Wednesday, June 27, 2012
“Cora, is it really you? Are these old eyes playing tricks on me?” Sophia said as she gazed into the eyes of the daughter she hadn't seen in six years.
“It's me Mama, I'm so sorry I left you and Papa. I hope you will forgive me.”
“Oh my darling girl. There is nothing to forgive. I'm just glad you are here. What kept you away for so long? Oh never mind that. Come in. Let me pour you a cup of tea. You must be hungry, I'll heat up some nice vegetable soup for you. Oh Cora, I don't know what to say. I can't believe you are standing here in my kitchen. Are you ill child?”
“I'm well Mama. I don't know where to start. Audrey came to see me. I don't remember the town we were in but I heard her call my old name. I had forgotten my name was Cora it had been so long since anyone called me that. I'm Sister Charity now. At least I think that's my name.”
“Cora, I'm going to call Doc Bailey. I want to make sure you are alright.” Sophia picked up the receiver of the telephone that was installed just a week ago. She gave the number for Doc Bailey's office to the operator and was connected. Doc's nurse told her he would be over to check on Cora.
“Doc says not to let her leave Mrs. Lynch. He is on his way.”
Doc arrived and was very gentle with Cora. He determined she was in good shape physically but wondered about her mental state. He called Sophia aside and said “I don't know much about emotional wellness. Cora seems to be in a bit of a daze. From just talking to her I don't think she was abused physically in any way. The way she describes this fellow, Brother Jeremiah, he has cast a spell over her. She has a desire to come home and be a part of her family again. I don't want to alarm you but I think Brother Jeremiah will be anxious to have Cora back. You may want to keep your doors locked for a while.”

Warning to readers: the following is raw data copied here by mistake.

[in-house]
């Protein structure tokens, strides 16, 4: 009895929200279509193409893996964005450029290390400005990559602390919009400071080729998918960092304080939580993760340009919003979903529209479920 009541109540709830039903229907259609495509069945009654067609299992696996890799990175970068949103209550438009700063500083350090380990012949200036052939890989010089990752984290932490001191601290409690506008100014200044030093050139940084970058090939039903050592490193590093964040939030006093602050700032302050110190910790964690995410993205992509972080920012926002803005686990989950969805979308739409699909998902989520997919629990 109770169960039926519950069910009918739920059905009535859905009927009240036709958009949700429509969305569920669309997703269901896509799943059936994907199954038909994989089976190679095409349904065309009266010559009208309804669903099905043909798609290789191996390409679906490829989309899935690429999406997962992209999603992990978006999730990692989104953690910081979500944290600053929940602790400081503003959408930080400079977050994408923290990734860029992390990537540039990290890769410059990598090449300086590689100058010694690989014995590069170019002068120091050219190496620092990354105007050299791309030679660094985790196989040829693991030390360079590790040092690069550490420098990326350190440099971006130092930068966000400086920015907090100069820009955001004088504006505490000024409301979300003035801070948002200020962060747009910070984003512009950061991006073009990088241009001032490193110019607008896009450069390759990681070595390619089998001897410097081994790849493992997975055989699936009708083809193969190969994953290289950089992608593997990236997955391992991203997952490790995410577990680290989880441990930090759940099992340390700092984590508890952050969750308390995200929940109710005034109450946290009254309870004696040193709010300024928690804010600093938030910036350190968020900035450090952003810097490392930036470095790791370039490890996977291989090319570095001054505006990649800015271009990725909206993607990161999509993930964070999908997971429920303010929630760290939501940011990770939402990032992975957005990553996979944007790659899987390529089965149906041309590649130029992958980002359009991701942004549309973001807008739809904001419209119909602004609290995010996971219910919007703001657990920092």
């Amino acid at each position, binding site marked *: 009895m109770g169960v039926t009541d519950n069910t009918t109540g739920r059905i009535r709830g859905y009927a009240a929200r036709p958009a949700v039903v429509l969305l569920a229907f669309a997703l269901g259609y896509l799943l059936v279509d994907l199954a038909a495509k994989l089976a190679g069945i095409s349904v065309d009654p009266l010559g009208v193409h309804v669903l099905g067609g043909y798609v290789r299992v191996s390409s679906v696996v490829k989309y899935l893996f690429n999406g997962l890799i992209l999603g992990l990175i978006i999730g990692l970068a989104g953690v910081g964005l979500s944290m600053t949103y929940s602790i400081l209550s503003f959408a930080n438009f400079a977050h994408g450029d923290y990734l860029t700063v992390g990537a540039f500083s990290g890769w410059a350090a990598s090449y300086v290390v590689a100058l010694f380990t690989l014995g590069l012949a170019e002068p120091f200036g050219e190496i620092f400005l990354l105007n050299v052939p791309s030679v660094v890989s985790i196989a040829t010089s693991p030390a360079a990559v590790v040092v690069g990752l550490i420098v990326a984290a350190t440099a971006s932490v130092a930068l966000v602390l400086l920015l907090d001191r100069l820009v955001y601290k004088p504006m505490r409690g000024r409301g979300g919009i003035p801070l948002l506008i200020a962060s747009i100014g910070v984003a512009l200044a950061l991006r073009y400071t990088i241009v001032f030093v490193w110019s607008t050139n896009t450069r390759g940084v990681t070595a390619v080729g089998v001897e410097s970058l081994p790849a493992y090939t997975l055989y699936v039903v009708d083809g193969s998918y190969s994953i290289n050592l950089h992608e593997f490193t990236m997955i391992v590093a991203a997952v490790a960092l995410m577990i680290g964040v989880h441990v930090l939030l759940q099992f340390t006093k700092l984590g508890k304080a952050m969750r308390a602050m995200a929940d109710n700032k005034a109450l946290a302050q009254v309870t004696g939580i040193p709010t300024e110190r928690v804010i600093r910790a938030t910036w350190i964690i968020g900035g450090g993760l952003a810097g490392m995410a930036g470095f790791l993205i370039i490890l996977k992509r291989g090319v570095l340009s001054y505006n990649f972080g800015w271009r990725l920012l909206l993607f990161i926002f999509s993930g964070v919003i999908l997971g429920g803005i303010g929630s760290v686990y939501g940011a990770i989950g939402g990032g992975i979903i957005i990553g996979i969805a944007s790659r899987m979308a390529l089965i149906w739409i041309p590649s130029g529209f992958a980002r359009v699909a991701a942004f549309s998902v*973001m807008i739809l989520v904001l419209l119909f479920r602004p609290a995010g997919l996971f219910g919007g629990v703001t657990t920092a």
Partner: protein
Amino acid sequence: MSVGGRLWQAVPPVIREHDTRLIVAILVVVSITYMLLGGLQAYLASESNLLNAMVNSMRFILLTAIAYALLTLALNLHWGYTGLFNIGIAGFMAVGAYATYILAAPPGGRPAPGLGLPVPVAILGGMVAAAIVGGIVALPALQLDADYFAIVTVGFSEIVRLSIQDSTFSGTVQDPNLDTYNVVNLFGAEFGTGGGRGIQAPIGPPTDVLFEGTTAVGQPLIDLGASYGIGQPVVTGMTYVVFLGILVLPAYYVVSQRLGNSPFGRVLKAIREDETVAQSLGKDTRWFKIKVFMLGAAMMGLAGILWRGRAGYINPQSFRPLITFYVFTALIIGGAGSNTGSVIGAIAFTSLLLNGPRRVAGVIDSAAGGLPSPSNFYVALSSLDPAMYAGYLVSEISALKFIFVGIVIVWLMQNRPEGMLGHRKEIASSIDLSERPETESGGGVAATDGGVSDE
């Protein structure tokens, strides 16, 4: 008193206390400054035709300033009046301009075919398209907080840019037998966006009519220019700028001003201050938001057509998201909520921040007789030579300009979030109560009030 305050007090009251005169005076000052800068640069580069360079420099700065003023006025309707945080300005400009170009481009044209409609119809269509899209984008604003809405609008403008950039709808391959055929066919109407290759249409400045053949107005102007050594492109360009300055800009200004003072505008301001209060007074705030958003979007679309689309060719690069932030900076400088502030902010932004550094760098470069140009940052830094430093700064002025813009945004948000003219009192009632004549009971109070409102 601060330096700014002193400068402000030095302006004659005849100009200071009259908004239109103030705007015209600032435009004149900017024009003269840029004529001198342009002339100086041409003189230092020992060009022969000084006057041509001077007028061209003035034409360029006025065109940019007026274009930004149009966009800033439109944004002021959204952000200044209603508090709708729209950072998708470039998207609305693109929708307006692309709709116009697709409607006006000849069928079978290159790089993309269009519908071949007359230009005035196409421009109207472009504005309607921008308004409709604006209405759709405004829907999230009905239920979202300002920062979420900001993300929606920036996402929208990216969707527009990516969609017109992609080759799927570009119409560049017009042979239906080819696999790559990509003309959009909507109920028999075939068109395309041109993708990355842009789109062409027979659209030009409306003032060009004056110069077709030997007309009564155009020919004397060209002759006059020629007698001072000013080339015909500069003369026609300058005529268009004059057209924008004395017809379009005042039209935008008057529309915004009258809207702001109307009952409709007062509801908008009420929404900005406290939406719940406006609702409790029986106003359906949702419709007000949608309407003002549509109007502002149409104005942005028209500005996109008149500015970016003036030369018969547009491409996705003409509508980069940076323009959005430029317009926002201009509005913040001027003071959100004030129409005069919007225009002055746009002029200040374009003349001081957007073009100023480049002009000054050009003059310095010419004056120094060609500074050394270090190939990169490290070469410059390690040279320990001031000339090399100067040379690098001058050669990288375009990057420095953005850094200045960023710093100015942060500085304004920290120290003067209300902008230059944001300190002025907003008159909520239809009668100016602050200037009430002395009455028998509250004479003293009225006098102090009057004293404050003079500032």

“Thank you Doc. Mr. Lynch should be home soon. In the meantime, I think I'll load his old shotgun. Nobody is going to take my darling girl away from me again.”
Cora had gone upstairs to her old room. Her mother left it just the way it was the day Cora disappeared. She came down in one of her old dresses. The ring of flowers she had in her hair had been replaced by shiny barrettes.
“Cora, do you want to talk about what happened to you?”
“Yes, Mama, I think I'd like to talk about it but I'm not sure of all the details.”
“Let me fix you another cup of tea.”
“I remember seeing the men putting up the big tent one afternoon. A man was walking around shouting that we were all sinners and we needed to be saved. Audrey laughed and said the man was a con artist and was trying to take people's money. Sally and Maizy thought it was funny too. Audrey had to be home that night but Sally and Maizy wanted to go to the revival meeting and I said I'd go with them.